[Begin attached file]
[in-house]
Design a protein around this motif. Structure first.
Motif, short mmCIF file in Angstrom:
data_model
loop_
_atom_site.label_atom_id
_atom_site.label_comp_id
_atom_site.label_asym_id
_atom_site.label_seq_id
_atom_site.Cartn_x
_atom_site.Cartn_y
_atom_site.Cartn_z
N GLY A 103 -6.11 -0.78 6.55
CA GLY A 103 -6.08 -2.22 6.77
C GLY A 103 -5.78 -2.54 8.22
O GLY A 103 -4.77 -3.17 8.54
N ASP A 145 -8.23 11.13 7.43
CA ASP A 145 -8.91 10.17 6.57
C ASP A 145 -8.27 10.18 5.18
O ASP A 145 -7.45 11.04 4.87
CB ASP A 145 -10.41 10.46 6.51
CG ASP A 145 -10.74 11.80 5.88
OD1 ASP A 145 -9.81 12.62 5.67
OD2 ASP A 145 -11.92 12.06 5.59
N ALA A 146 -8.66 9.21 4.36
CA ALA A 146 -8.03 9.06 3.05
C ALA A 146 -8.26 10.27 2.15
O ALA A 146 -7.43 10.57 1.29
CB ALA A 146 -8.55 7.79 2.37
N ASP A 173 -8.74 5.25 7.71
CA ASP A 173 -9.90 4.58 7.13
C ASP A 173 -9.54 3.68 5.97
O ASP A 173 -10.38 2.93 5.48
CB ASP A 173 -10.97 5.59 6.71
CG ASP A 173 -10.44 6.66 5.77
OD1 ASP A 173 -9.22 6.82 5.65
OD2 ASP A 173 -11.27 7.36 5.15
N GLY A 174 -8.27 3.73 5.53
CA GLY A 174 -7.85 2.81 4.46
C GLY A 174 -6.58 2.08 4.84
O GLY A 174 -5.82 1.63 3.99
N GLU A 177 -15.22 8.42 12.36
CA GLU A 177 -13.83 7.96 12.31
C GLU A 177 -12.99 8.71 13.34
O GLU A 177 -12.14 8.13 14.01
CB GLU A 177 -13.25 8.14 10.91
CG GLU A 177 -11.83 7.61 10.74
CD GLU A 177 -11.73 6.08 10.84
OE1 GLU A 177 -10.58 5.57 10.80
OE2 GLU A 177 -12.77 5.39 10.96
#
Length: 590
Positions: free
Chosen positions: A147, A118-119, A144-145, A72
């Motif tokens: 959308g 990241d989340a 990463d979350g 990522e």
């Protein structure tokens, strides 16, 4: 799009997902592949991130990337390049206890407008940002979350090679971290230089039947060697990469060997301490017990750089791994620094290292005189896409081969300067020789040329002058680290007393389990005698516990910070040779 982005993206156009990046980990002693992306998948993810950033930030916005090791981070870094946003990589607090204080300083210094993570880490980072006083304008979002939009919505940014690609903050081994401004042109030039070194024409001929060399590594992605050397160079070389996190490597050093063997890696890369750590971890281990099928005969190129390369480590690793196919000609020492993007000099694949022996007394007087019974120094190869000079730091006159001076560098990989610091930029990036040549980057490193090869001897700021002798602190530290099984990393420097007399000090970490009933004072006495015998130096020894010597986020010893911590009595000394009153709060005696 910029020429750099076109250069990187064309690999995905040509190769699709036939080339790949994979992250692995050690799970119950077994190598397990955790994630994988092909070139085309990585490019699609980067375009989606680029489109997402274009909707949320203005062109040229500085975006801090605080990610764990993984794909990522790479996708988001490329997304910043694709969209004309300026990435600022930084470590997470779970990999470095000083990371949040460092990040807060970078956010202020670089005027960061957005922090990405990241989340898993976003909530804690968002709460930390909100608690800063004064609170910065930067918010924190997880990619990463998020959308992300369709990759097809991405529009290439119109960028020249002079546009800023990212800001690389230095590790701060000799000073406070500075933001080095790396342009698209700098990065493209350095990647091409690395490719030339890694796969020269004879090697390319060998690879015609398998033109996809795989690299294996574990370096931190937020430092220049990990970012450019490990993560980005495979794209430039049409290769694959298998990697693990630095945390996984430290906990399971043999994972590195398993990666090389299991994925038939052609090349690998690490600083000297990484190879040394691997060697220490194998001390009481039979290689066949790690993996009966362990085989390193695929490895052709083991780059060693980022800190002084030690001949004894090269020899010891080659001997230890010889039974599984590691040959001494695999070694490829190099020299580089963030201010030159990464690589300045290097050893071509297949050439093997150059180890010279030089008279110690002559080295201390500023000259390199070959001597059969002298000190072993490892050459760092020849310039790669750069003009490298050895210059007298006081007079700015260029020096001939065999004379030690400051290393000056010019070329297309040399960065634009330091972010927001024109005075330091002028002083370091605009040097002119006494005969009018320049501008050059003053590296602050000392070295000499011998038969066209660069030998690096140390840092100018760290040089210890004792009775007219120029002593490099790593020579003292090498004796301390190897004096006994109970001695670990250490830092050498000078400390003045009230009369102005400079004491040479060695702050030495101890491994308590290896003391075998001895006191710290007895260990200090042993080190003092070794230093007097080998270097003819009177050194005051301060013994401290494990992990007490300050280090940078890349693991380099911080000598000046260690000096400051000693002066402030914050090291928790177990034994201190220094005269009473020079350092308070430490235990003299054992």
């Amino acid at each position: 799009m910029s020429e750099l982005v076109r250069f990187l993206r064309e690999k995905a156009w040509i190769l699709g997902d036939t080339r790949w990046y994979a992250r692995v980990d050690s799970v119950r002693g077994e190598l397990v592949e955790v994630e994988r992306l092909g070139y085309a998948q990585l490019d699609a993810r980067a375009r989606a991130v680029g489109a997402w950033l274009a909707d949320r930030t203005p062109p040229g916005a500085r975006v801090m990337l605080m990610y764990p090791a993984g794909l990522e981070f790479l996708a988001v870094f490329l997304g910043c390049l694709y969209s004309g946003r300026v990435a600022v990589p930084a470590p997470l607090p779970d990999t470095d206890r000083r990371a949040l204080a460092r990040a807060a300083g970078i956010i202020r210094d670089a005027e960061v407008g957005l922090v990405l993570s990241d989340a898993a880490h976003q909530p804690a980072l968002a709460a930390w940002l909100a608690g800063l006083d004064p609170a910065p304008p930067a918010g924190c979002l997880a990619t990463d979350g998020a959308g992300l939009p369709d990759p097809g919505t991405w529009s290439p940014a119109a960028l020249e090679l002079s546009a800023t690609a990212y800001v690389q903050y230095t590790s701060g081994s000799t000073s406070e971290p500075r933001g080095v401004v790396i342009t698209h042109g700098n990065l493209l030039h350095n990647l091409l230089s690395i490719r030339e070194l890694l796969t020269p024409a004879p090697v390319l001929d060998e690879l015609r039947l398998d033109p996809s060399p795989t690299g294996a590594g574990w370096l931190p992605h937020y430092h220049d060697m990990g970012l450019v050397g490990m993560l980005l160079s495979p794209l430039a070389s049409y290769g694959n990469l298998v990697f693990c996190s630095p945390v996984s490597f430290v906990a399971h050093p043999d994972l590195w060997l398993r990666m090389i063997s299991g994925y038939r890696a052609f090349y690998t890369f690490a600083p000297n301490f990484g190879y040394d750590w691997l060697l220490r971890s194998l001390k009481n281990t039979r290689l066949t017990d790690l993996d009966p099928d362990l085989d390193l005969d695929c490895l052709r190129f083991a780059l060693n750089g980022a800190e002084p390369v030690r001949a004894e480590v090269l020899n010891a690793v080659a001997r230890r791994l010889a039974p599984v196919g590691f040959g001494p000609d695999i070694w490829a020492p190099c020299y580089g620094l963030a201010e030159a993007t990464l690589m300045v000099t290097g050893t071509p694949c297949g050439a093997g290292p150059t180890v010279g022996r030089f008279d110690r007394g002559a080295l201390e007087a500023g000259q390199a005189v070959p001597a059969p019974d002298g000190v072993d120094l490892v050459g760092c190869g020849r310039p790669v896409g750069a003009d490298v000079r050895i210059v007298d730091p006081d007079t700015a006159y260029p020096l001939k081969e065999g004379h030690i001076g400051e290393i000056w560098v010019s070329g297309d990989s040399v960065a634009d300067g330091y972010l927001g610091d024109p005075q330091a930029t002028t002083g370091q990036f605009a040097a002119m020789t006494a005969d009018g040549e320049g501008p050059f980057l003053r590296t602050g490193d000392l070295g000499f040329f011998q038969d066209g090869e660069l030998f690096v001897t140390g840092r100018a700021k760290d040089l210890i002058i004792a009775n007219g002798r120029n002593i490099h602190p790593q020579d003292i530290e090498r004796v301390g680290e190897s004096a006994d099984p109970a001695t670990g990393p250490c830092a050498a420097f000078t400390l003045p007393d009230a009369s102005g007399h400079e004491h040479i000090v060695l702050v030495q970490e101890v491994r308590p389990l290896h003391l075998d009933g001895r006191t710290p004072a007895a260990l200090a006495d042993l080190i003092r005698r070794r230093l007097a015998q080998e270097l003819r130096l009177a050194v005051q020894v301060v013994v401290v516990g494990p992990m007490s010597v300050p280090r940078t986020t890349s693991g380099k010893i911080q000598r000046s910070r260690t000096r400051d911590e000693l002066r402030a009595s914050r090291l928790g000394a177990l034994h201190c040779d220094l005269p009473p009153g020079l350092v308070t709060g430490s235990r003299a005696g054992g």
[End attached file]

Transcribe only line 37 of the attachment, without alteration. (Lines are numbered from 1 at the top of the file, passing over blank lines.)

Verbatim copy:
OD2 ASP A 173 -11.27 7.36 5.15